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Exactly a year ago, the Bangor Daily News editorial board lamented big increases in electricity costs for Maine people and businesses. This week, state regulators again approved big jumps in electricity prices for most Maine customers for the next year.
Unfortunately, little has happened in the past year to change the state’s power supply landscape. As long as Maine remains so heavily reliant on natural gas to generate electricity, prices will remain volatile.
This week, it was announced that electricity prices for most Maine residents will rise by between $20 and $30 a month under rate increases set by the Maine Public Utilities Commission. These rates are for what is called “standard offer,” which is how most residential customers buy their electricity.
Standard offer rates, which are essentially the cost of the energy supply, are the most volatile part of energy pricing, PUC chairman Phil Barlett told the BDN editorial board during a recent meeting. Although the rates are negotiated by the PUC, they are largely driven by natural gas prices, which are on the rise.
Customers of Versant, in eastern and northern Maine, will see standard offer rates increase about 41 percent in January.
Central Maine Power customers will see a 49 percent increase in the price of their electricity supply next year.
These increases are on top of price hikes of more than 80 percent that were approved by the PUC last November.
Although most of the electricity generated within Maine is from renewable sources, this in-state supply falls short of demand. So, Maine imports a significant amount of its electricity. The New England grid is highly dependent on natural gas and natural gas prices remain higher than last year and are trending upward as winter approaches and demand increases.
Gov. Janet Mills opposed the rate increases but the PUC had little leeway to reject these power supply bids. The costs of delivering electricity to homes and businesses, which CMP and Versant have more control over, are set through different PUC processes.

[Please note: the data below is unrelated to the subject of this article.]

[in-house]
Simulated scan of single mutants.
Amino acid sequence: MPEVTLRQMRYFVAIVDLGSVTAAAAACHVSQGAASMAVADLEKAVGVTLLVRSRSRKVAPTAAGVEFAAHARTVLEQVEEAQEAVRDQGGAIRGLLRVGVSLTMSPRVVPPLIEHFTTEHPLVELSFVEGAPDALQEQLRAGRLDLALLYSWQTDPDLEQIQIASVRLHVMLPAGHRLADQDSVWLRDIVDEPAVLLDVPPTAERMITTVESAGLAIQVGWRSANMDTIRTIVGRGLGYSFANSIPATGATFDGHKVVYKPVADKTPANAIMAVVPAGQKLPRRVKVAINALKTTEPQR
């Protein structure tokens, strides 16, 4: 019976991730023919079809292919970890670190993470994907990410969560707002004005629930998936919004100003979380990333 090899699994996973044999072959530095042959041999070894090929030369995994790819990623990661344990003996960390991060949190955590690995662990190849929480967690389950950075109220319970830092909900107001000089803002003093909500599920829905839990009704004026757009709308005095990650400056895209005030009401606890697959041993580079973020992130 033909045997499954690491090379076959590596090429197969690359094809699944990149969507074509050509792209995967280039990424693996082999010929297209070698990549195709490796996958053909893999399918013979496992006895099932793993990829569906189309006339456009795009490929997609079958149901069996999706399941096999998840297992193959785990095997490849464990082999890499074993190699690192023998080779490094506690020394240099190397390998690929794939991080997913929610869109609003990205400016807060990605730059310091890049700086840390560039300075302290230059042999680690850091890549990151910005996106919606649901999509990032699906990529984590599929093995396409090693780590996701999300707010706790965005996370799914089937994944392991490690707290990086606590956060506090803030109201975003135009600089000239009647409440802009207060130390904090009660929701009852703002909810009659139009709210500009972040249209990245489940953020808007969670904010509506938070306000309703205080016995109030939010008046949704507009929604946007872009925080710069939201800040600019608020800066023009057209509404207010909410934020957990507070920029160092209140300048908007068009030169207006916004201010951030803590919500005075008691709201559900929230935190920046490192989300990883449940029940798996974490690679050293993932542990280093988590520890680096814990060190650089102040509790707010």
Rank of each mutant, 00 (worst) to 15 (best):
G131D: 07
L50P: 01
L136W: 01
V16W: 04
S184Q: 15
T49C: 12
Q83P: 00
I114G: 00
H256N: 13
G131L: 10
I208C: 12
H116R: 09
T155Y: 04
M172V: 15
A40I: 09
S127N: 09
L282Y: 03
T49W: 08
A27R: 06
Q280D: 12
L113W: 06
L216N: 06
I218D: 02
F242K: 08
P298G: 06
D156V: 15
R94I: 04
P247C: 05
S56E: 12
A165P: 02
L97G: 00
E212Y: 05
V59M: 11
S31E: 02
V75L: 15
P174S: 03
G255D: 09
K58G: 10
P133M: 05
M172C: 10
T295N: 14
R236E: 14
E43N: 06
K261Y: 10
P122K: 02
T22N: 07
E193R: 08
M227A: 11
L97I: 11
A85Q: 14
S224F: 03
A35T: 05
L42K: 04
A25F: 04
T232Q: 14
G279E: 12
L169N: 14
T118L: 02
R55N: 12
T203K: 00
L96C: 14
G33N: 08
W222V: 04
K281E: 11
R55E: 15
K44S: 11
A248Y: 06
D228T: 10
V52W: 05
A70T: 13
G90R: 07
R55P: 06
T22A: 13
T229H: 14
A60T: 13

“The standard offer prices accepted by the PUC are the direct result of Maine’s overreliance on fossil fuels, particularly natural gas, and the unprecedented volatility in global energy markets since the Russian invasion of Ukraine, all of which are now costing Maine people and businesses far too much to fill their tanks and power their homes as we head into the winter months,” Mills said in a press release.
The governor, and lawmakers, have approved significant investments in renewable energy, such as solar and wind power, and in switching cars and homes away from fossil fuels to electricity. But, the transition to renewable energy is slow and there is opposition to large projects that would increase the state’s supply of cleaner energy. The rejection by voters of CMP’s transmission line across western Maine is one example.
The PUC has given initial approval to an early phase of a project that would bring wind energy generated in Aroostook County into the region’s power grid, but that project is years from fruition.
If and when this and other renewable energy projects come online, electricity supply costs will come down, Barlett said.
That, of course, doesn’t help Mainers who will be facing bigger electricity bills this winter.
Mills said she has directed her administration “to examine every solution possible to this crisis.” She also said her administration is preparing legislation that will include ways to help Mainers deal with high energy costs for consideration by lawmakers next month.
“We must ensure that Maine people have support and security to heat their homes and keep themselves and their families safe,” the governor said.
The new Legislature, which will be sworn in next month, must focus both on short-term ways to help Mainers pay their energy bills this winter and speeding up the diversification of the state’s energy supply for the long run.